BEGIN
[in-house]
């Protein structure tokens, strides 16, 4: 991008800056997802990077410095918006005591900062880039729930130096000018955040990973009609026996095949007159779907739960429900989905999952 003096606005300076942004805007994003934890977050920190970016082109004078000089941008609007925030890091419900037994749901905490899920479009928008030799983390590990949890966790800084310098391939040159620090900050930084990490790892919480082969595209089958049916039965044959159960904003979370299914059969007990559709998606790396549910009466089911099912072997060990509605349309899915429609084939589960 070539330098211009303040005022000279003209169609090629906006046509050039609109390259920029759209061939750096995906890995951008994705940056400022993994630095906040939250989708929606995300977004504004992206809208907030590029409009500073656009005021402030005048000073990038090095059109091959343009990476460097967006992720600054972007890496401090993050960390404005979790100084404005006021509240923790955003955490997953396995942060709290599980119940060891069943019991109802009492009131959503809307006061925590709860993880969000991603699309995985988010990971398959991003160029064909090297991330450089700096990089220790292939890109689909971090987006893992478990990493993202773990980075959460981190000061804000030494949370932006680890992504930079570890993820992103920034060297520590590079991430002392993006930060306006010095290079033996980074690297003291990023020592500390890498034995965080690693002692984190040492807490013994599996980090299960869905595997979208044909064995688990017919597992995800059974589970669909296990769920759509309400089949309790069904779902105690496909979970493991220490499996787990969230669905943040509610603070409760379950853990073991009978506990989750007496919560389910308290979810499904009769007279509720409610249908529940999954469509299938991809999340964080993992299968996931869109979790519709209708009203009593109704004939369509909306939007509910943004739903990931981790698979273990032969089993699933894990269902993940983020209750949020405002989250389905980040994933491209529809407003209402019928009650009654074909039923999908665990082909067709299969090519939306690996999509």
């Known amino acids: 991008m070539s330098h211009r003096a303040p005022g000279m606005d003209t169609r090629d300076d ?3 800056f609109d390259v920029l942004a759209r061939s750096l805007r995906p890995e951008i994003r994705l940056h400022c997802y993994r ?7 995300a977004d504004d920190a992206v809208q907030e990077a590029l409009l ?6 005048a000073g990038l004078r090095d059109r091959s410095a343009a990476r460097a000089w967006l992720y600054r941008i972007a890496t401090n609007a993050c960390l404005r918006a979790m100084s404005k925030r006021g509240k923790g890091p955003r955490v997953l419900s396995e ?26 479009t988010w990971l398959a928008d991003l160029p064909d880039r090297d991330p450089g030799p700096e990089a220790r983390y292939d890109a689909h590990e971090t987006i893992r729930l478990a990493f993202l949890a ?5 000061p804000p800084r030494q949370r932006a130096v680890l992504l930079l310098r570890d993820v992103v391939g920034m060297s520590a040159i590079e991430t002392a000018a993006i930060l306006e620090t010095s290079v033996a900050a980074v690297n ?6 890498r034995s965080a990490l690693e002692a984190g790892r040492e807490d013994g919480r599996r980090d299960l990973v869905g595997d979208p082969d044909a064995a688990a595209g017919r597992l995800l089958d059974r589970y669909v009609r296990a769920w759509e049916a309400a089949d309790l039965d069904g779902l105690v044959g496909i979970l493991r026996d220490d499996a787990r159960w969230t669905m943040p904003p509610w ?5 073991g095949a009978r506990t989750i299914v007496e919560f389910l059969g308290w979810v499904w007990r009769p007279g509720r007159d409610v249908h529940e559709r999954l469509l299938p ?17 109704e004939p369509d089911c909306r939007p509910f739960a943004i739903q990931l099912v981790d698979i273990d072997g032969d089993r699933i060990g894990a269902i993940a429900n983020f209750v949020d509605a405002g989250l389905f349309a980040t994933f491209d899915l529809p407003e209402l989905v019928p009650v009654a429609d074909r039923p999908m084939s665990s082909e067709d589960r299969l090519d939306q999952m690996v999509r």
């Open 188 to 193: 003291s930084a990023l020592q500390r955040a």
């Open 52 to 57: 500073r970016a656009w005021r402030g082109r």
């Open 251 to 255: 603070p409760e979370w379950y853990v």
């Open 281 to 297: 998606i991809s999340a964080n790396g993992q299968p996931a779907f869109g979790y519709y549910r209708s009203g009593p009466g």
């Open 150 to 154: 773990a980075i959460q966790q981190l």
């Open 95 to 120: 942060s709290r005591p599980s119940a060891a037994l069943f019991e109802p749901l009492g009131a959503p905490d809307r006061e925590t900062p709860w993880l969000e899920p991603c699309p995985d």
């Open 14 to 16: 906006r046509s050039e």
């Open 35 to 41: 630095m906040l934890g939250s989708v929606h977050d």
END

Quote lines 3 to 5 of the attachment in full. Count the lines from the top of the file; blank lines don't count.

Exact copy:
């Known amino acids: 991008m070539s330098h211009r003096a303040p005022g000279m606005d003209t169609r090629d300076d ?3 800056f609109d390259v920029l942004a759209r061939s750096l805007r995906p890995e951008i994003r994705l940056h400022c997802y993994r ?7 995300a977004d504004d920190a992206v809208q907030e990077a590029l409009l ?6 005048a000073g990038l004078r090095d059109r091959s410095a343009a990476r460097a000089w967006l992720y600054r941008i972007a890496t401090n609007a993050c960390l404005r918006a979790m100084s404005k925030r006021g509240k923790g890091p955003r955490v997953l419900s396995e ?26 479009t988010w990971l398959a928008d991003l160029p064909d880039r090297d991330p450089g030799p700096e990089a220790r983390y292939d890109a689909h590990e971090t987006i893992r729930l478990a990493f993202l949890a ?5 000061p804000p800084r030494q949370r932006a130096v680890l992504l930079l310098r570890d993820v992103v391939g920034m060297s520590a040159i590079e991430t002392a000018a993006i930060l306006e620090t010095s290079v033996a900050a980074v690297n ?6 890498r034995s965080a990490l690693e002692a984190g790892r040492e807490d013994g919480r599996r980090d299960l990973v869905g595997d979208p082969d044909a064995a688990a595209g017919r597992l995800l089958d059974r589970y669909v009609r296990a769920w759509e049916a309400a089949d309790l039965d069904g779902l105690v044959g496909i979970l493991r026996d220490d499996a787990r159960w969230t669905m943040p904003p509610w ?5 073991g095949a009978r506990t989750i299914v007496e919560f389910l059969g308290w979810v499904w007990r009769p007279g509720r007159d409610v249908h529940e559709r999954l469509l299938p ?17 109704e004939p369509d089911c909306r939007p509910f739960a943004i739903q990931l099912v981790d698979i273990d072997g032969d089993r699933i060990g894990a269902i993940a429900n983020f209750v949020d509605a405002g989250l389905f349309a980040t994933f491209d899915l529809p407003e209402l989905v019928p009650v009654a429609d074909r039923p999908m084939s665990s082909e067709d589960r299969l090519d939306q999952m690996v999509r």
């Open 188 to 193: 003291s930084a990023l020592q500390r955040a």
């Open 52 to 57: 500073r970016a656009w005021r402030g082109r």